Macon, Georgia


Macon, Georgia
Macon–Bibb County
Downtown Macon in 2007
Downtown Macon in 2007
Official seal of Macon, Georgia
Location within Bibb County
Location within Bibb County
Macon is located in Georgia
Location within Georgia
Macon is located in the United States
Location within the United States
Coordinates: 32°50′5″N 83°39′6″W / 32.83472°N 83.65167°W / 32.83472; -83.65167Coordinates: 32°50′5″N 83°39′6″W / 32.83472°N 83.65167°W / 32.83472; -83.65167
CountryUnited States
 • MayorLester Miller
 • Consolidated city-county254.90 sq mi (660.19 km2)
 • Land249.38 sq mi (645.89 km2)
 • Water5.52 sq mi (14.30 km2)
381 ft (116 m)
 • Consolidated city-county157,346
 • Rank164th in the United States
4th in Georgia
 • Density630.95/sq mi (243.61/km2)
 • Metro233,802 (197th)
Time zoneUTC−5 (EST)
 • Summer (DST)UTC−4 (EDT)
ZIP Codes
Area code(s)478
FIPS code13-49000[4]
GNIS feature ID0332301[5]

Macon (/ˈmkən/ MAY-kən), officially Macon–Bibb County, is a consolidated city-county in the U.S. state of Georgia. Macon lies near the state's geographic center, about 85 miles (137 km) southeast of Atlanta—hence the city's nickname, "The Heart of Georgia".

Located near the fall line of the Ocmulgee River, Macon had a 2020 population of 157,346.[2] It is the principal city of the Macon Metropolitan Statistical Area, which had a population of 233,802 in 2020.[3] Macon is also the largest city in the Macon–Warner Robins Combined Statistical Area (CSA), a larger trading area with an estimated 420,693 residents in 2017; the CSA abuts the Atlanta metropolitan area just to the north.

In a 2012 referendum, voters approved the consolidation of the governments of the City of Macon and Bibb County, and Macon became Georgia's fourth-largest city (just after Augusta). The two governments officially merged on January 1, 2014.[6]

Macon is served by three interstate highways: I-16 (connecting the city to Savannah and coastal Georgia), I-75 (connecting the city with Atlanta to the north and Valdosta to the south), and I-475 (a city bypass highway).

The city has several institutions of higher education, as well as numerous museums and tourism sites. The area is served by Middle Georgia Regional Airport and Herbert Smart Downtown Airport. The mayor is Lester Miller.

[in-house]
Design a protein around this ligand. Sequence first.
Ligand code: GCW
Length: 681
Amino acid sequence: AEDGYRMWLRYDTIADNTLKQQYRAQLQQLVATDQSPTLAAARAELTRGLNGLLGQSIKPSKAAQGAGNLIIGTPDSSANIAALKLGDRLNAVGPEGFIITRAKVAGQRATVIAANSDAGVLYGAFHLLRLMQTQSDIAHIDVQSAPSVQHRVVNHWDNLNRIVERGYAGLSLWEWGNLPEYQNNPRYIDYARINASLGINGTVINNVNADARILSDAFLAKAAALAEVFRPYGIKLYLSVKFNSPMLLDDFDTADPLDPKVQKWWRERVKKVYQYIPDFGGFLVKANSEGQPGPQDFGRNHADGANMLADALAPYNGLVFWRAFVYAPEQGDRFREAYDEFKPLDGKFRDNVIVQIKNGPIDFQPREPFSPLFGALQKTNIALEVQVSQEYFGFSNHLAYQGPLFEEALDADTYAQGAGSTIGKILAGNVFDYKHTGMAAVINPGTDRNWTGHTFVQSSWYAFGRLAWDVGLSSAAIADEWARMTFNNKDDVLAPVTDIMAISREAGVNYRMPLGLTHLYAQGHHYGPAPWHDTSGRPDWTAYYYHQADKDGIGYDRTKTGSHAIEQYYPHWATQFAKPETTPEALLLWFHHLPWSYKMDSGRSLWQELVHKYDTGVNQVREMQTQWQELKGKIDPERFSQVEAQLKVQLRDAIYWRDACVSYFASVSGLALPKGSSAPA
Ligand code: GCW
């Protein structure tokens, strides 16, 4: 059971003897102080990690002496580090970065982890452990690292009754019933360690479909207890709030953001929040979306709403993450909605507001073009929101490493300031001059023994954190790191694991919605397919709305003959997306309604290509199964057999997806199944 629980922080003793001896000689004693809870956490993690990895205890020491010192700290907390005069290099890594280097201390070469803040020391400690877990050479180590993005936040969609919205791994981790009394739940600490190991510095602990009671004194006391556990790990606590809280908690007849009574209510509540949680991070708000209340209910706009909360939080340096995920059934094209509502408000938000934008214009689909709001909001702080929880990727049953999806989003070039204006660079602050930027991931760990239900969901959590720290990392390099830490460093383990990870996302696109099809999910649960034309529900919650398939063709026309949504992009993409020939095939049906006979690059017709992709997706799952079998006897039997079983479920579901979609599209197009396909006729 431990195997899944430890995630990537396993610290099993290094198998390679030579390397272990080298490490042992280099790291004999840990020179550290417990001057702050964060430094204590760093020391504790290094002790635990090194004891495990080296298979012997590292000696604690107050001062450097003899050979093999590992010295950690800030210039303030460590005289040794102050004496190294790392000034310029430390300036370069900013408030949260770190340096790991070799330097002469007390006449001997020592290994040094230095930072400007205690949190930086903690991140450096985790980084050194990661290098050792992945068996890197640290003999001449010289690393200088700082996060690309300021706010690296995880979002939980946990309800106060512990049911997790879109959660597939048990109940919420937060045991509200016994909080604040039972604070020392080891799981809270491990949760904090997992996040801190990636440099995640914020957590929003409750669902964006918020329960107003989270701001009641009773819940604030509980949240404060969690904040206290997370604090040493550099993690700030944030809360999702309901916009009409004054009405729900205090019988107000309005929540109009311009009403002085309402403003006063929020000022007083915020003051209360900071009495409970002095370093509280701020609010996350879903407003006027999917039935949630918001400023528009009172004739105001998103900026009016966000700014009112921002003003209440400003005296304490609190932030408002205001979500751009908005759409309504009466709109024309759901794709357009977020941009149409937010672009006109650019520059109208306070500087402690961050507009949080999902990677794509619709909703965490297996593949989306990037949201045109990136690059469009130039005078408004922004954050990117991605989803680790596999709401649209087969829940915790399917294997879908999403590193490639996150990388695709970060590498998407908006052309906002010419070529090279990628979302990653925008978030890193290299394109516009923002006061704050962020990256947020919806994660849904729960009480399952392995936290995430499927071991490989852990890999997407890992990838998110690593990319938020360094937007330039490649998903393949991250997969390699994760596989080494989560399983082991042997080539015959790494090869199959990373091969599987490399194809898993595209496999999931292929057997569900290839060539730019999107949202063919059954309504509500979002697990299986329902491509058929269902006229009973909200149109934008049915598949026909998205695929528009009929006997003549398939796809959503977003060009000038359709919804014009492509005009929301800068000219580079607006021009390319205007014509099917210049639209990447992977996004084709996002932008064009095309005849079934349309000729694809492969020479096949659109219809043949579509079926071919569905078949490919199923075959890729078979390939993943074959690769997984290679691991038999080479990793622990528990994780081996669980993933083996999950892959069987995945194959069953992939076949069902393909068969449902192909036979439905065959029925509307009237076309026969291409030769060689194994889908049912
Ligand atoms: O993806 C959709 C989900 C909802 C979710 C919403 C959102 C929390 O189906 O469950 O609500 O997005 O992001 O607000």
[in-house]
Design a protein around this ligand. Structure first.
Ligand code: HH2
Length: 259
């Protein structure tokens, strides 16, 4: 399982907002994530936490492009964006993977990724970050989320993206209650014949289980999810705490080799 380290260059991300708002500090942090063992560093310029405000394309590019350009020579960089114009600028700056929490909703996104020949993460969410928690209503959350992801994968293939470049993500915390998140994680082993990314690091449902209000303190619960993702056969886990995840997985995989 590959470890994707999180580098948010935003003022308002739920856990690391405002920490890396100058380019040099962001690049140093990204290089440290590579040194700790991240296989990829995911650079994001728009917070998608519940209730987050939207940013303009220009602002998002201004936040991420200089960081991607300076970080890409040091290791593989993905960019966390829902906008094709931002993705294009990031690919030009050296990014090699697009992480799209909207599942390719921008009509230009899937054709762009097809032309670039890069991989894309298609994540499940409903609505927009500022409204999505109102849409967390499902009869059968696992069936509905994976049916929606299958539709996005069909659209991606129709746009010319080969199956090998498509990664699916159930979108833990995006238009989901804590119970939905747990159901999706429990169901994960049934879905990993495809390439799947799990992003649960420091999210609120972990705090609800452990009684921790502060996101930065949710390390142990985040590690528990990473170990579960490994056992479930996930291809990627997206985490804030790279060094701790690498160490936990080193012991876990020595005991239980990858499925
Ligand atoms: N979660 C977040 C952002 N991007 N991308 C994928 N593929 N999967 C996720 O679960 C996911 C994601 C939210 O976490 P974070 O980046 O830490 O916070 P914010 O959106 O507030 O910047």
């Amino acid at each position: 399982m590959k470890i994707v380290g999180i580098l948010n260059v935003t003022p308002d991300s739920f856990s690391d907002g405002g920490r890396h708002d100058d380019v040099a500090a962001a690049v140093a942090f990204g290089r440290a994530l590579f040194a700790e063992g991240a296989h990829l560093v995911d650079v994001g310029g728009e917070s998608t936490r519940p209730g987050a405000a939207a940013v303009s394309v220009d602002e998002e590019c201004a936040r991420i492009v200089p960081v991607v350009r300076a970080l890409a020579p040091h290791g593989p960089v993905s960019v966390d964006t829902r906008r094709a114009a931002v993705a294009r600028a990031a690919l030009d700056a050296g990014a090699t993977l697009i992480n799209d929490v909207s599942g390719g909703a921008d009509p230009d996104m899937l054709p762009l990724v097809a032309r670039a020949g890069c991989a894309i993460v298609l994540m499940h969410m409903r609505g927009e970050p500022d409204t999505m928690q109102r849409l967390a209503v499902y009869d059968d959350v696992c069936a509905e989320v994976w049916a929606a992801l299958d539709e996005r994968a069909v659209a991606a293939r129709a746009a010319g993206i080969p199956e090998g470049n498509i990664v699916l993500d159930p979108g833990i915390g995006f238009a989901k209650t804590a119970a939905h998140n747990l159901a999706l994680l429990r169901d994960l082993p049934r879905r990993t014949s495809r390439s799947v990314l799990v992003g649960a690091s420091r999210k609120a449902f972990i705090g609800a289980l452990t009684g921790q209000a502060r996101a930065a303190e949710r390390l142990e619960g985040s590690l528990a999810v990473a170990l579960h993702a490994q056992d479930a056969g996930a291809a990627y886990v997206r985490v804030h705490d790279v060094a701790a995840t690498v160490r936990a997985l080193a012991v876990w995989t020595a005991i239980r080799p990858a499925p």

Macon was founded on the site of the Ocmulgee Old Fields, where the Creek Indians lived in the 18th century. Their predecessors, the Mississippian culture, built a powerful chiefdom (950–1100 AD) based on the practice of agriculture. The Mississippian culture constructed earthwork mounds for ceremonial, burial, and religious purposes. The areas along the rivers in the Southeast had been inhabited by indigenous peoples for 13,000 years before Europeans arrived.[7]

Macon developed at the site of Fort Benjamin Hawkins, built in 1809 at the fall line of the Ocmulgee River to protect the community and to establish a trading post with Native Americans. The fort was named in honor of Benjamin Hawkins, Superintendent of Indian Affairs for the Southeast territory south of the Ohio River for more than 20 years. He lived among the Creek and was married to a Creek woman. This was the most inland point of navigation on the river from the Low Country. President Thomas Jefferson forced the Creek to cede their lands east of the Ocmulgee River and ordered the fort built. (Archeological excavations in the 21st century found evidence of two separate fortifications.)[8]

Sholes' directory of the city of Macon, September 1st, 1888.

Fort Hawkins guarded the Lower Creek Pathway, an extensive and well-traveled American Indian network later improved by the United States as the Federal Road from Washington, D.C., to the ports of Mobile, Alabama and New Orleans, Louisiana.[8] A gathering point of the Creek and U.S. cultures for trading, it was also a center of state militia and federal troops. The fort served as a major military distribution point during the War of 1812 against Great Britain and also during the Creek War of 1813. Afterward, the fort was used as a trading post for several years and was garrisoned until 1821. It was decommissioned about 1828 and later burned to the ground. A replica of the southeast blockhouse was built in 1938 and still stands today on a hill in east Macon. Part of the fort site was occupied by the Fort Hawkins Grammar School. In the 21st century, archeological excavations have revealed more of the fort's importance, and stimulated planning for additional reconstruction of this major historical site.[8]